Resources | Education Support

Coronavirus update: Throughout this crisis we're here to provide mental health and wellbeing support to all education staff. Find out more.

Resources

Top tips on sleep - teachers and education staff

Good quality sleep is what we need to counteract the instability, uncertainty and high levels of anxiety that seem to permeate our everyday lives during this pandemic. If you are struggling to get this much needed sleep this advice might help. 

We have developed a new helpline poster for teachers and education staff during this current crisis. Please share to ensure that education staff both current and retired areaware that they can get emotional support from our confidential helpline.

Dealing with caring responsibilities - teachers and education staff

Here's some information about what you can do to get support if you have caring responsilibities. 

Helpline for teachers and education staff sees rise in calls
This report outlines how many education staff use the helpline services, a demographic breakdown of callers, what they are calling about and the impact the call had on their mental health.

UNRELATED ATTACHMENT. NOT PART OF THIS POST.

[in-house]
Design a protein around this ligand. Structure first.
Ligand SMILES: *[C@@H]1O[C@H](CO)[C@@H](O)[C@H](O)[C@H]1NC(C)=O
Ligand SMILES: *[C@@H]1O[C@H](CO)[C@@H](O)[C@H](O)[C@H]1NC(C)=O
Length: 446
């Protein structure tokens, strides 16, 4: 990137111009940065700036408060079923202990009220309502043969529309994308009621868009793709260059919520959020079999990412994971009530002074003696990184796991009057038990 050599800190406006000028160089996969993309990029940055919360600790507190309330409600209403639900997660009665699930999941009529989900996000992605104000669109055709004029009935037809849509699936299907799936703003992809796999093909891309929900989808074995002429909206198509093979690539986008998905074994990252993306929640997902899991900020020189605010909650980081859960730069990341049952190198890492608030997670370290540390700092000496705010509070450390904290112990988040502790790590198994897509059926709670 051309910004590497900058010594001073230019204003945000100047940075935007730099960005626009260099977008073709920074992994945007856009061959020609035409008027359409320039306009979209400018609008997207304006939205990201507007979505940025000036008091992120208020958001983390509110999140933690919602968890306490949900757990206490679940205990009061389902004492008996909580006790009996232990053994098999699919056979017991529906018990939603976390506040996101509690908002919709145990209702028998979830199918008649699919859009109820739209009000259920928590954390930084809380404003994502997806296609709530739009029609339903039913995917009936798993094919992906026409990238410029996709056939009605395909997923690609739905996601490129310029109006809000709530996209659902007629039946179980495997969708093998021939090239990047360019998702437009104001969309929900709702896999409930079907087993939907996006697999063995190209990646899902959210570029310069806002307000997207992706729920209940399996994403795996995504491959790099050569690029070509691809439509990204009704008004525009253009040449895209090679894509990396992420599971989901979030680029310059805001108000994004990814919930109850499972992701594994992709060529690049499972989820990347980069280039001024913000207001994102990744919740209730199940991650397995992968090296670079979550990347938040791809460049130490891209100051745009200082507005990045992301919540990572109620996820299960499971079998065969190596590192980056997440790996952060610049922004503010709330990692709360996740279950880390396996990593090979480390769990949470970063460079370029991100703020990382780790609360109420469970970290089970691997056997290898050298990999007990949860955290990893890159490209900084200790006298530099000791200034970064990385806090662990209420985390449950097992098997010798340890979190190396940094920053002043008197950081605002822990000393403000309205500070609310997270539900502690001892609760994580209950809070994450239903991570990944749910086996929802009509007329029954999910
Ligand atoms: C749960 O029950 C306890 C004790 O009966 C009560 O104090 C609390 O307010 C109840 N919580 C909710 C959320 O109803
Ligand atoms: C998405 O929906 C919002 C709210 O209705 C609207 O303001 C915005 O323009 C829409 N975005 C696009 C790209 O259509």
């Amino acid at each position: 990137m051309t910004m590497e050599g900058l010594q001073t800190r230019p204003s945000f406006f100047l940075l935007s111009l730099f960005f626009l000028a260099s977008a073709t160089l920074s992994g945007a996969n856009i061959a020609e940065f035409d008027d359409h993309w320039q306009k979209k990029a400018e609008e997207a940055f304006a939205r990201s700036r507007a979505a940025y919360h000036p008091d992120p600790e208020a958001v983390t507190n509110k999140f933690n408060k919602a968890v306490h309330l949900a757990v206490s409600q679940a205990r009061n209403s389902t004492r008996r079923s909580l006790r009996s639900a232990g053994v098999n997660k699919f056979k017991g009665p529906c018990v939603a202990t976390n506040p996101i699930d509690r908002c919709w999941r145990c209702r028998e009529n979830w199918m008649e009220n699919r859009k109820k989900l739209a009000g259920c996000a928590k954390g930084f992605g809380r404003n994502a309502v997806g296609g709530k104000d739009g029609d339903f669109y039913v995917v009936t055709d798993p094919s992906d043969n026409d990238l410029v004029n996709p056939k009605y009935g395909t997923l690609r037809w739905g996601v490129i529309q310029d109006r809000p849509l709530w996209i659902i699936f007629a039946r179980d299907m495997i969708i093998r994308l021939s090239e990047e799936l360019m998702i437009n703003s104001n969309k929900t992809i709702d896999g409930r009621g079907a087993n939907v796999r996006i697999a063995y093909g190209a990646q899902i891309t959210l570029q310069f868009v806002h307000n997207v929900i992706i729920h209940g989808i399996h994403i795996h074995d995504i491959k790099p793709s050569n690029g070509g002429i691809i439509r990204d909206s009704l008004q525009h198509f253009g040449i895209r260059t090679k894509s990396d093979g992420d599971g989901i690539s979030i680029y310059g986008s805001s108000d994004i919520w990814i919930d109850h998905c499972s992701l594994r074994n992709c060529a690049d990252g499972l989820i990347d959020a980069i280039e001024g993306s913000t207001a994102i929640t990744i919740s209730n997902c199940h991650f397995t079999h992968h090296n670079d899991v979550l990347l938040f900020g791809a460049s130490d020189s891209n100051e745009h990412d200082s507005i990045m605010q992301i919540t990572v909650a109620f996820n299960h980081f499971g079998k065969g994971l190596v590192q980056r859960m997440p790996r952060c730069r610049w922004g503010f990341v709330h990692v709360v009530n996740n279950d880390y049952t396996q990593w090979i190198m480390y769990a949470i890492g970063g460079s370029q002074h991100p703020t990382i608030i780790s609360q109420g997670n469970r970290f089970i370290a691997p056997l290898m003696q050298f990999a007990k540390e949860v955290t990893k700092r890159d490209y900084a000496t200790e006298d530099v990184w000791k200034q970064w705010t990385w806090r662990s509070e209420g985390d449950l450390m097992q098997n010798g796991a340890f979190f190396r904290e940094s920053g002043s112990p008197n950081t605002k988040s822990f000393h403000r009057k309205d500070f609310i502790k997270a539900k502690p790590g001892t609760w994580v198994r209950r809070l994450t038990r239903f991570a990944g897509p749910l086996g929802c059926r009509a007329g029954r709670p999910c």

how to deal with emotions - teachers and education staff

If you feel the following common difficult emotions that can make you feel overwhelmed, here are some things that can help. 

ABC model for managing stress - teachers and education staff

The ABC Cognitive Behavioural Tool is useful to work out what we are telling ourselves that feels life threatening when we get stressed or have emotional responses like anger, frustration and irritation.

activities to manage stress - teachers and education staff

These ideas will decrease stress and improve your emotional wellbeing. 

Teachers and education staff endure greater job-related stress than other professionals, according to recent research. However there are a number of tools and techniques to help manage and reduce stress. 

Dealing with illness - education staff

Dealing with a chronic or serious illness can feel overwhelming and bring around many unwanted changes. It can often make us feel powerless and out of control. 

Dealing with bereavement- education staff

Bereavement can leave people feeling panicky, frozen, depressed, angry and a whole host of very overwhelming feelings. There is no one way to grieve and sometimes it can affect people years after the death happened, especially if they did not mourn at the time.